Tea time with Fort Irwin
How did you come across Fort Irwin? What motivated you to make it the focus of a short film?
Three years ago I met an American professor who told me he made money in the mid-2000s by pretending to be an Iraqi villager for United States military training. I was surprised by his bizarre story and discovered the ongoing military simulations conducted at Fort Irwin, one of the United States’ largest training centers. Once a month these simulations are opened to the public, so I visited. A group of excited spectators and I traveled to a sprawling fake village in the California desert, populated with Middle Eastern role players, some displaced from Afghanistan or Iraq, others American impersonators. I witnessed a tremendously realistic training exercise, filled with guns, explosions, Humvees, helicopters, blood, guts and lost limbs. The simulation was full of sound and fury, exactly like a Hollywood action film – all of the thrill with none of the consequence. Yet there were real stakes for the participants in the simulation, whether it was the soldiers training for combat or the (real) Middle Eastern role players reenacting violence they’d experienced. After being mesmerized by the surreal spectacle, I was surprised to learn that veteran amputees occasionally participated in these simulations as a form of therapy, directly reliving the violent loss of their limbs. As I wrestled with these revelations, I knew this was a story worth telling. Our hope with Fort Irwin was to capture warfare’s emotional toll by following a real victim of conflict into the simulation, both in the story and through the casting, to force the audience to actively imagine the main character’s psychological struggle, rather than passively and safely observe an exhilarating experience.
How did the shoot come about? Was the team at Fort Irwin happy for you to film there?
We filmed one scene at the real Fort Irwin, an establishing shot of the sign at the entrance of the base. For security reasons we weren’t allowed to film inside the military base. We filmed the military simulation action sequences on an outdoor set. The Army was supportive throughout the process of making the film. They are proud of their training.
Tell us more about the casting process.
For auditions, we reached out to Mediability, a talent agency that represents amputee actors. There is a sizable community of disabled actors in Hollywood, but they are often relegated to the backgrounds of films, as zombies or casualties. I always felt that the main actor had to be an amputee, but as I auditioned actors and interviewed veterans, it became apparent that the actor should be a veteran as well. Veterans’ descriptions of PTSD (post-traumatic stress disorder) diverged from how I’d seen it portrayed in films. In movies, sufferers of PTSD are often shown as violent, unstable and aggressive people who break dinner plates and punch holes in walls. But many real people described their PTSD as a nagging and debilitating sense of fear rather than a trigger for violence. Our lead actor Cristian Valle has a stoic personality. I felt his understated performance of PTSD was more interesting and truthful than a violent one.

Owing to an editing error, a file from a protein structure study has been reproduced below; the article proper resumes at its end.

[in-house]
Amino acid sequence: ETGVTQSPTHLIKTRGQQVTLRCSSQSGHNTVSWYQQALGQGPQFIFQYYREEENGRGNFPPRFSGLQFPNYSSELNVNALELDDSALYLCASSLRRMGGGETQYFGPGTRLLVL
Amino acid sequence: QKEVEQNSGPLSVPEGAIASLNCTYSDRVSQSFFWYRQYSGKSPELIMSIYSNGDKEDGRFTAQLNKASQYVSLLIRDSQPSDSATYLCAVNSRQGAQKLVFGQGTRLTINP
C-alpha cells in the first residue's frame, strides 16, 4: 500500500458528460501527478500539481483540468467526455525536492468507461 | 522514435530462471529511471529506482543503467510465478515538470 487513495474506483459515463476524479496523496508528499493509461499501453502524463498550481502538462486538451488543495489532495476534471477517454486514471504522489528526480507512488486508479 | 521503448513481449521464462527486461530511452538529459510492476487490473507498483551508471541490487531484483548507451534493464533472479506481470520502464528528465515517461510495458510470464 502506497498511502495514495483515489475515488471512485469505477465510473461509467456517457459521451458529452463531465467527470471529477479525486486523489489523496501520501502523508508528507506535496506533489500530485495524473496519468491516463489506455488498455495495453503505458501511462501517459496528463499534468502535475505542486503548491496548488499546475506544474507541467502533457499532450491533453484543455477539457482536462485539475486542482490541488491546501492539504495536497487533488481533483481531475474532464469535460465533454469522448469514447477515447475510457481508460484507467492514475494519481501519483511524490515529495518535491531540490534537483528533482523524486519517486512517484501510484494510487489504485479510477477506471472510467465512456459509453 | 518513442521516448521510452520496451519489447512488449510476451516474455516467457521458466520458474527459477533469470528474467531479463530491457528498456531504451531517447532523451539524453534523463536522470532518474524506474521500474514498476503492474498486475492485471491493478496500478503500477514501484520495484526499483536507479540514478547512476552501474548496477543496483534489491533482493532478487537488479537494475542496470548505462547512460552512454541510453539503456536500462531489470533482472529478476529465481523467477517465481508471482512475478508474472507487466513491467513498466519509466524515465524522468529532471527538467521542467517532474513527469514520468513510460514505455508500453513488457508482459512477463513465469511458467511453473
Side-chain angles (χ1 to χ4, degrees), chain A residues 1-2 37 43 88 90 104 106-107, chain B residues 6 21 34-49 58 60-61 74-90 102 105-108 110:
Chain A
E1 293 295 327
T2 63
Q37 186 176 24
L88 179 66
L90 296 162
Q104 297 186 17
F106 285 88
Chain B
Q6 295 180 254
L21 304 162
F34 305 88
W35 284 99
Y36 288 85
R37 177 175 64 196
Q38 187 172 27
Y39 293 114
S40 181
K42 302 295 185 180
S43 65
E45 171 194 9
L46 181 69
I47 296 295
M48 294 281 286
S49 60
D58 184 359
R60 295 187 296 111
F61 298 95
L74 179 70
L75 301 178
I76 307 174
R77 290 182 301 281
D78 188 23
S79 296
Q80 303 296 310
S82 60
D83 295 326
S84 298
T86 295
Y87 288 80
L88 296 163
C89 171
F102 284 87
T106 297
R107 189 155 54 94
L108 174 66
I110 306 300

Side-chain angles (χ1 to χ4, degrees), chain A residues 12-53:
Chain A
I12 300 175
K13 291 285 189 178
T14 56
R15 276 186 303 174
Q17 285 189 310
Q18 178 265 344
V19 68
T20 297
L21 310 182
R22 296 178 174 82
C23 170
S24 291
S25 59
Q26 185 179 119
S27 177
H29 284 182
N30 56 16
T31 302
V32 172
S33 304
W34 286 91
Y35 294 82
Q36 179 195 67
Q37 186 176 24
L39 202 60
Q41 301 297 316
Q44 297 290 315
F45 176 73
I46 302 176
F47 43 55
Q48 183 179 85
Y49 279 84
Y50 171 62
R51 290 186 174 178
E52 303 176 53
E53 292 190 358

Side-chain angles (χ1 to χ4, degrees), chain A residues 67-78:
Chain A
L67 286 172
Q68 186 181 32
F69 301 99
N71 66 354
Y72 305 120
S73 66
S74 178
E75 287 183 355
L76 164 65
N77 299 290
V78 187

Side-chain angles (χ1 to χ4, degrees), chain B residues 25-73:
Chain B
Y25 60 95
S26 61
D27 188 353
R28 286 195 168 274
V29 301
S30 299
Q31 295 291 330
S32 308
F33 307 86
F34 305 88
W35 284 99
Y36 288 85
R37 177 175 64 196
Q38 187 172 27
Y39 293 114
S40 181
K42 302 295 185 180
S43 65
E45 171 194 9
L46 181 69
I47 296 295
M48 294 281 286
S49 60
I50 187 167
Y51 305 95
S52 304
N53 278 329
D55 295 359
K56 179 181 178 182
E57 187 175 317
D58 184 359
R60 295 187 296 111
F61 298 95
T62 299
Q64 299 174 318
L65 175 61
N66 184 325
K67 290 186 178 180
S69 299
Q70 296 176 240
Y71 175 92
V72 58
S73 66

What themes and genres do you like working with as a filmmaker?
I’m inspired by real people and places. Rather than make documentaries about these subjects, I like to reimagine them within genre films and to use established genre conventions as tools to explore subjective experiences. My first short film UFO Days was shot on location at a UFO festival in Wisconsin and starred a real-life UFO conspiracy theorist named Bill Johnson. Rather than simply document the person and place, the film imagined a science-fiction narrative in which Bill is visited by an extraterrestrial at the festival, immersing him in the ufology he espouses. Fort Irwin satirizes action film tropes by placing Cristian, a real person, into an obviously fake military reenactment, but photographs the reenactment like a Hollywood blockbuster. I’m more interested in the conflict between films and reality than trying to recreate reality in a film. I also think human experience is much stranger, scarier and mysterious than often depicted in American movies. I’m drawn to stories about unassuming people who are reshaped by sublime or uncanny events.
Are there any works of art or films that have inspired you?
Fort Irwin is inspired by the grotesque visuals and uncanny humor of Paul Verhoeven’s films, particularly Starship Troopers and Robocop. Otto Dix’s unflinching World War I etchings and paintings served as an inspiration for Fort Irwin’s unsentimental photography of Cristian’s injuries. Dix’s horrifying but darkly comic recreations of wounded veterans are singularly powerful. There is also a feature-length documentary about Fort Irwin made by Jesse Moss and Tony Gerber called Full Battle Rattle which eloquently captures the personalities of the citizens and soldiers involved with the simulations.
Would you say that the short film format has given you any particular freedom?
A shorter runtime allowed us to be to be aggressive with our editing pace, enhancing Fort Irwin’s frenzied tone. Our editor, Yiqing Yu, constantly escalated the emotional tension by steadily accelerating the film’s rhythm. Freed from juggling multiple acts and subplots, we could construct the film as one crescendo of rising anxiety.